Exposure opens in the mind of someone, we don’t know whether a man or a woman, travelling on a train towards “home, though I’ve never seen the place before”. The person has been in prison, we learn, though we don’t know why or for how long. Reference is made to a former lover, Giles, and to “Lily and the children”. It’s the only chapter in the book written from this entirely first-person point of view and it’s a masterly opening into a book full of suspense, secrecy and reserve. Two themes are introduced that resonate on many levels throughout the book: the idea of home, and the idea of being known and embraced.
There was nothing Giles didn’t know about me. Nothing in me that he couldn’t touch.(3)
Being known so intimately, allowing yourself to be so unguarded, has its perils as well as its comforts. Simon Callington is betrayed by his former lover and framed for Giles’ own crime. His wife, Lily, who fled Hitler’s Germany as a child with her Jewish mother, learned very early on to be on her guard. She knows all too well that the life you think is safe and reliable can fall to pieces around you, and that society runs by subterranean rules that take no account of the individual:
To go home was to be entirely safe. There was the thick outer door, the lobby, the entrance hall, the lift with its gates that folded up like concertinas, the row of letter-boxes with their polished brass nameplates. Lili traced their own name with her finger before she could read. She was allowed to go down all by herself to fetch the post, and up again three floors in the wheezing hush of the lift. Their own front door was made of oak, her father said. There were three locks, one at the top, one in the middle, one at the bottom. One day, when Lili and her mother came home, Mama took out a key Lili had never seen her use before. She reached up and turned the key in the top lock, and then she bent down to the very bottom, almost on the floor, and turned that lock too. From that time, if Lili came home and one of her parents was already inside the apartment, she had to wait while all three locks were opened. Soon after that, when she was on her way home from school, she heard it for the first time. ‘Dirty little Jew’. She turned. But it was a nice lady in a summer dress with yellow and purple pansies on it. She looked straight at Lili. Had she said those words? She looked like one of Mama’s friends. In fact Lili was certain that she recognised the face. A neighbour perhaps. But the lady’s face was cold. She twitched her eyebrows and turned away. Her skirt swished from side to side as she walked off down the pavement in her high heels.
Lili went home. She felt hot and ashamed, as if she’d wet herself, and there was a patch on her skirt. When she rang the doorbell she waited fro the sound of the three locks being turned, one by one. Once she was inside, she said nothing about the lady. (120)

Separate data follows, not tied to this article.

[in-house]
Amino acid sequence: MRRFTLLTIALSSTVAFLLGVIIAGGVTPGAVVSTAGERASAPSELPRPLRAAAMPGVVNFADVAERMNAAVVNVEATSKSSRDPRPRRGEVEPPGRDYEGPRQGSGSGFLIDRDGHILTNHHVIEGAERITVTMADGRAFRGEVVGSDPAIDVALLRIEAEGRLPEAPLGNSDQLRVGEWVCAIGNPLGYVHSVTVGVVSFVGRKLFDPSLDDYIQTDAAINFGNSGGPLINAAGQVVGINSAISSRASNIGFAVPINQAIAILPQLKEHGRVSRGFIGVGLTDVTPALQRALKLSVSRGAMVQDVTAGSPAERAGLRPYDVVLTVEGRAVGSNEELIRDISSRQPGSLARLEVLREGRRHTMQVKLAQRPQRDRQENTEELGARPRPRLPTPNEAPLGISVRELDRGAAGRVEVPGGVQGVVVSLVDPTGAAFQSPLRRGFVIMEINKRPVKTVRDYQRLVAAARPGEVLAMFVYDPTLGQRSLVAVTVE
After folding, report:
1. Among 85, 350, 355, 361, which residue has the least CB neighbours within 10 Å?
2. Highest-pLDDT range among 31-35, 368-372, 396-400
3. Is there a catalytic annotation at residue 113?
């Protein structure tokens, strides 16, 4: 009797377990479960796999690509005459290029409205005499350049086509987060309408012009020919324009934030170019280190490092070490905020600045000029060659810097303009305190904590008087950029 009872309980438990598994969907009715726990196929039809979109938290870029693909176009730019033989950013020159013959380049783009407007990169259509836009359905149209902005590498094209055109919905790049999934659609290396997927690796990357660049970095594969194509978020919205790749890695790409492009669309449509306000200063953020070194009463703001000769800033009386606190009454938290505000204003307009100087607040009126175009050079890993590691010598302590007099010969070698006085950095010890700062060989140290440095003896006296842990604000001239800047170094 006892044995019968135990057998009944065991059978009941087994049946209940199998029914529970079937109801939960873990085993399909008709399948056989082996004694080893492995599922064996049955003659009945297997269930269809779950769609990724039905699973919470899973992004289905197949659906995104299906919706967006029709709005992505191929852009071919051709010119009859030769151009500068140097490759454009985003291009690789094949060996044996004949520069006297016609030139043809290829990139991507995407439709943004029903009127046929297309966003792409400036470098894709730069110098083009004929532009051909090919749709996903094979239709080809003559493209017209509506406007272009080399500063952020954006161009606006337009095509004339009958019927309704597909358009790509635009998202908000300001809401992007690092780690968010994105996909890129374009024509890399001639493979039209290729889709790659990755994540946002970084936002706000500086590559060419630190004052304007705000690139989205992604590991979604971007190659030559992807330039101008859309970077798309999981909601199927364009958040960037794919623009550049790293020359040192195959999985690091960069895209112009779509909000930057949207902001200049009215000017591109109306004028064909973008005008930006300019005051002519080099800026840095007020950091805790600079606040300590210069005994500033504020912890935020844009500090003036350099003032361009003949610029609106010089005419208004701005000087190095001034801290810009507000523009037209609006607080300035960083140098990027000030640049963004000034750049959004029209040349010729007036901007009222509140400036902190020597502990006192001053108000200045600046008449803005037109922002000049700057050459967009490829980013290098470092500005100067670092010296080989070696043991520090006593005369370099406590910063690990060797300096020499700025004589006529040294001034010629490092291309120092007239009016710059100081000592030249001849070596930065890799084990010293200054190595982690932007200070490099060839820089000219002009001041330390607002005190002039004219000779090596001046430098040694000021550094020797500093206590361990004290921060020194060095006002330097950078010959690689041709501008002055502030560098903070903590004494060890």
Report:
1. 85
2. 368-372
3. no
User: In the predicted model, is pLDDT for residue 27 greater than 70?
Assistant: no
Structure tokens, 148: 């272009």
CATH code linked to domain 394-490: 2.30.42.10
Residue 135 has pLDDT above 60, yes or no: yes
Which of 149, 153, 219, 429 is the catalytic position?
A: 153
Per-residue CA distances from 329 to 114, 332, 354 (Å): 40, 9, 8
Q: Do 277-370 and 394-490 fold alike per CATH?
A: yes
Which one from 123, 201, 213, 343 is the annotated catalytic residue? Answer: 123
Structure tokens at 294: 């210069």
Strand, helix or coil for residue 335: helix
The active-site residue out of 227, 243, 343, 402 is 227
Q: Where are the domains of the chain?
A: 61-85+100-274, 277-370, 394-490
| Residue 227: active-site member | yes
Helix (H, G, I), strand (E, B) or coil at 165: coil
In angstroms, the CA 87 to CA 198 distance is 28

I’ve quoted this passage at length not only because it captures the novel’s themes so well but it shows Dunmore’s great skills of pacing and close observation. Moving through this passage, seen through Lili’s eyes, we move with her from innocence to knowledge. In one second every changes, and everything that was vaguely ominous solidifies into understanding. It is a completely different Lili who comes into the flat, into an unspoken complicity with her mother.
Lily’s husband Simon is the misfit in a wealthy, soulless family. He hates his mother so much that as a child he used to wonder how he could kill her and not be found out. It’s a miracle that he has found Lily, and she him. Before her, there was only the relationship with Giles. Even though this is no longer sexual, he’s bound to Giles in a way Lily cannot understand. That’s why, when Giles rings him late at night and asks him to retrieve a Top Secret file from his home and return it unnoticed to the Home Office where they both work, Simon goes at least as far as getting the file. After that it all gets horribly messy.
Many people in the novel fear “exposure”: Giles, of course, selling secrets to the Russians, and his even more corrupt senior Julian Clowde; Simon, accused of spying and unwilling to tell the truth about Giles or to get Lily involved; Lily, facing the public shame of being the wife of a spy (the fact that she is German and has attended a CND rally makes her, in the eyes of the security forces, an obvious traitor); Simon again, fearful that Giles will tell Lily about their affair many years ago. But for Simon, Giles and Lily, the exposure that happens over the course of the novel is an internal one. In Lily’s case in particular you think of the word as it’s used in photography: she emerges from the shadows, becomes clearer and sharper in the seawinds of the Kentish coast where she and the children move.
I had to ration my reading: the suspense of Simon’s predicament made me want to hurry on to find out what happened, but I didn’t want to miss any of the pleasure of Dunmore’s writing or the subtle revelation of character that’s the achievement of the book. She has a perfect ear for just how far to go, and when.
Immensely enjoyable and satisfying.